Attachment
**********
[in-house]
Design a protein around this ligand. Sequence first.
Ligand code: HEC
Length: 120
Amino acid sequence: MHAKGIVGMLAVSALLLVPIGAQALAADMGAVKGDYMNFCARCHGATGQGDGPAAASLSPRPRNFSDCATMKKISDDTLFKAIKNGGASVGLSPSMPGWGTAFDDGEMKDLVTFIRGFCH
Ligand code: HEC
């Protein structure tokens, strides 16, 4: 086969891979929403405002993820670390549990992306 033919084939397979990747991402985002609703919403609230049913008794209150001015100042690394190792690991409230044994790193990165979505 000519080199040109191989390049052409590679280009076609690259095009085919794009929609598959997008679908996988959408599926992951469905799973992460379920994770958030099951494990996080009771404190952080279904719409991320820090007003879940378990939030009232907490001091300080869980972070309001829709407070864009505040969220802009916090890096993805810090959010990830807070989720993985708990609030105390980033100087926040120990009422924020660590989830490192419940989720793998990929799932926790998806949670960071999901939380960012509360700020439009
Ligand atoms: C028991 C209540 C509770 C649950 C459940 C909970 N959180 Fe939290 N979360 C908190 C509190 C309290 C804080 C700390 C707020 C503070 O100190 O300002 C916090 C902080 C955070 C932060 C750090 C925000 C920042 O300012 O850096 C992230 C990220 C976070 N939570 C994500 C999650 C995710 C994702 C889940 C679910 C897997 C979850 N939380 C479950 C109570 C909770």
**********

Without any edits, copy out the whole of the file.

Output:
[in-house]
Design a protein around this ligand. Sequence first.
Ligand code: HEC
Length: 120
Amino acid sequence: MHAKGIVGMLAVSALLLVPIGAQALAADMGAVKGDYMNFCARCHGATGQGDGPAAASLSPRPRNFSDCATMKKISDDTLFKAIKNGGASVGLSPSMPGWGTAFDDGEMKDLVTFIRGFCH
Ligand code: HEC
């Protein structure tokens, strides 16, 4: 086969891979929403405002993820670390549990992306 033919084939397979990747991402985002609703919403609230049913008794209150001015100042690394190792690991409230044994790193990165979505 000519080199040109191989390049052409590679280009076609690259095009085919794009929609598959997008679908996988959408599926992951469905799973992460379920994770958030099951494990996080009771404190952080279904719409991320820090007003879940378990939030009232907490001091300080869980972070309001829709407070864009505040969220802009916090890096993805810090959010990830807070989720993985708990609030105390980033100087926040120990009422924020660590989830490192419940989720793998990929799932926790998806949670960071999901939380960012509360700020439009
Ligand atoms: C028991 C209540 C509770 C649950 C459940 C909970 N959180 Fe939290 N979360 C908190 C509190 C309290 C804080 C700390 C707020 C503070 O100190 O300002 C916090 C902080 C955070 C932060 C750090 C925000 C920042 O300012 O850096 C992230 C990220 C976070 N939570 C994500 C999650 C995710 C994702 C889940 C679910 C897997 C979850 N939380 C479950 C109570 C909770």